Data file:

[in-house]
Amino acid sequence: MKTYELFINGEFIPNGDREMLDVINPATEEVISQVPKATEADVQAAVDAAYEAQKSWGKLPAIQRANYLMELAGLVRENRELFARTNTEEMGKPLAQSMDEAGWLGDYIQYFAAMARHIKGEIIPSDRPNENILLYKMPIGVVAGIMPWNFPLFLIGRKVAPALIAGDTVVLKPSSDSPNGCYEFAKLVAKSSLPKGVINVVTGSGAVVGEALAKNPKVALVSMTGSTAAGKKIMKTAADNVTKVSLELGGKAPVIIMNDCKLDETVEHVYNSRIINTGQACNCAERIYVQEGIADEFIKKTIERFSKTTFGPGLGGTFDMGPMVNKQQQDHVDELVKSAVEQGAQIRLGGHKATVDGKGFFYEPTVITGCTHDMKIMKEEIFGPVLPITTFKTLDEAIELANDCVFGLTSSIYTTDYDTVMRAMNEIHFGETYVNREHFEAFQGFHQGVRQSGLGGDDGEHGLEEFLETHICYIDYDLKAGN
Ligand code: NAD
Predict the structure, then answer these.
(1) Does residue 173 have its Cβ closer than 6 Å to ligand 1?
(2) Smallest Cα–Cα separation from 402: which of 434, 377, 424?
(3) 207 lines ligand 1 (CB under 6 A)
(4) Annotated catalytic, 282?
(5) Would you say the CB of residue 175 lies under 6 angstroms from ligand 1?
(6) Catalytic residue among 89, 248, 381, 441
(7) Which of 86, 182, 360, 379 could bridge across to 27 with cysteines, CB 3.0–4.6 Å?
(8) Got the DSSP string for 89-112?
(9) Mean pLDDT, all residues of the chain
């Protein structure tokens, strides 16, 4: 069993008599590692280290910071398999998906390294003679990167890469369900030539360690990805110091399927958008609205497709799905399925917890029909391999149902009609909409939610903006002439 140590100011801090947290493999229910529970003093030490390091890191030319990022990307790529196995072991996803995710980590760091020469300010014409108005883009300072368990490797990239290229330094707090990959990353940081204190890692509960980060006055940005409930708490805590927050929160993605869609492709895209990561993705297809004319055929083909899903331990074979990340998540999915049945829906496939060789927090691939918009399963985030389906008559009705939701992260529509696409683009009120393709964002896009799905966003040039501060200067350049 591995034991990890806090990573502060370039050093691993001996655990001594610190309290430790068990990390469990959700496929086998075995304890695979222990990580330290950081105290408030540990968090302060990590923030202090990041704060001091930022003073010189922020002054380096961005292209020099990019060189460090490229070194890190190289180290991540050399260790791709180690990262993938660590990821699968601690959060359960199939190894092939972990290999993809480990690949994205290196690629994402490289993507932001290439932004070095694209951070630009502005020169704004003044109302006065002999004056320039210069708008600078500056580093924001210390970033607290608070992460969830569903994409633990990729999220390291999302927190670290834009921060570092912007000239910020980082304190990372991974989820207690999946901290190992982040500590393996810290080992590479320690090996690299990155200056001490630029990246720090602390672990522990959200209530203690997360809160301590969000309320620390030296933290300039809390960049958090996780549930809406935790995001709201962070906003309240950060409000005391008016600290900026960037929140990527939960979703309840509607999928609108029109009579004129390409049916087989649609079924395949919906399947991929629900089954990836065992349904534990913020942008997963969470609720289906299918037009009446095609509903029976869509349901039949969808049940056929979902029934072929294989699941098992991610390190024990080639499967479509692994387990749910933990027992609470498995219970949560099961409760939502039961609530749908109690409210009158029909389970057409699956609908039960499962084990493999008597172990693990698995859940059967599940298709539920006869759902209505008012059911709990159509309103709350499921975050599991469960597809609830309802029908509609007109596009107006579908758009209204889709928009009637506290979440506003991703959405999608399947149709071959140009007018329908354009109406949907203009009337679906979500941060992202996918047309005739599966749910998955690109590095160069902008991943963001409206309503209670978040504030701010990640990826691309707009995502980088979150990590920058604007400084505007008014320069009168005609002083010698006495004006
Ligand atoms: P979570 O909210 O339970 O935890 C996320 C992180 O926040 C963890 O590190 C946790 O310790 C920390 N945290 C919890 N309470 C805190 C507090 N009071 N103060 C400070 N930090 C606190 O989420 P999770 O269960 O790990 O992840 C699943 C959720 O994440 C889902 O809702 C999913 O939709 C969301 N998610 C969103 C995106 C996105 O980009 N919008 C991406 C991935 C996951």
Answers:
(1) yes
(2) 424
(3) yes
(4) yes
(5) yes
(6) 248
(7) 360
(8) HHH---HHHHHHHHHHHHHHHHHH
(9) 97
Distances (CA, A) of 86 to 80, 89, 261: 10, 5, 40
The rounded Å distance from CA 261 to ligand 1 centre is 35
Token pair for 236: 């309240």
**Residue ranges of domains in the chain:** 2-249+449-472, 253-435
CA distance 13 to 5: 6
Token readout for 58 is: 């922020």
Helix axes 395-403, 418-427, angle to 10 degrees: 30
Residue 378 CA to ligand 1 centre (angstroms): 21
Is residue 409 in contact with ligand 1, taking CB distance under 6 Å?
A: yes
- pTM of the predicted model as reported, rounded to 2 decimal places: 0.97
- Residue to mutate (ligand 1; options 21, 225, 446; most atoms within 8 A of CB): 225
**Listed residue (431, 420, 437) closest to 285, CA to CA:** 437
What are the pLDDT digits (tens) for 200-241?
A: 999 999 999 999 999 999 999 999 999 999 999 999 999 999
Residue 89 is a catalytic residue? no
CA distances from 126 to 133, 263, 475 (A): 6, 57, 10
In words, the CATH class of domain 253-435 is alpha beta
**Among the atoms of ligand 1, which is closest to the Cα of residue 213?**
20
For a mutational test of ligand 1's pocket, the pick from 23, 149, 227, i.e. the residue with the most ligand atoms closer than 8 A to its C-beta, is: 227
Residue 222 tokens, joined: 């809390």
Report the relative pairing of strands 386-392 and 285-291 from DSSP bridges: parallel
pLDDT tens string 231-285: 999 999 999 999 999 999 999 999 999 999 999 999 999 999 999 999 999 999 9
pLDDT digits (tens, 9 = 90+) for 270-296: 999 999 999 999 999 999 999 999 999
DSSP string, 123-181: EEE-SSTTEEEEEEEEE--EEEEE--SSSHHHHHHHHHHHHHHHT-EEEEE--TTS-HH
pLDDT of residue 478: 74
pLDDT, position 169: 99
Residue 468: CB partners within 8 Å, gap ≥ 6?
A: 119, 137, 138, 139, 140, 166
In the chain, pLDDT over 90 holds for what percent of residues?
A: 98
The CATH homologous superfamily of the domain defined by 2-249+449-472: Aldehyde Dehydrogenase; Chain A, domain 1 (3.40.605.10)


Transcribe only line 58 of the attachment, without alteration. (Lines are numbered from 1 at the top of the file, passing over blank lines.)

The CATH homologous superfamily of the domain defined by 2-249+449-472: Aldehyde Dehydrogenase; Chain A, domain 1 (3.40.605.10)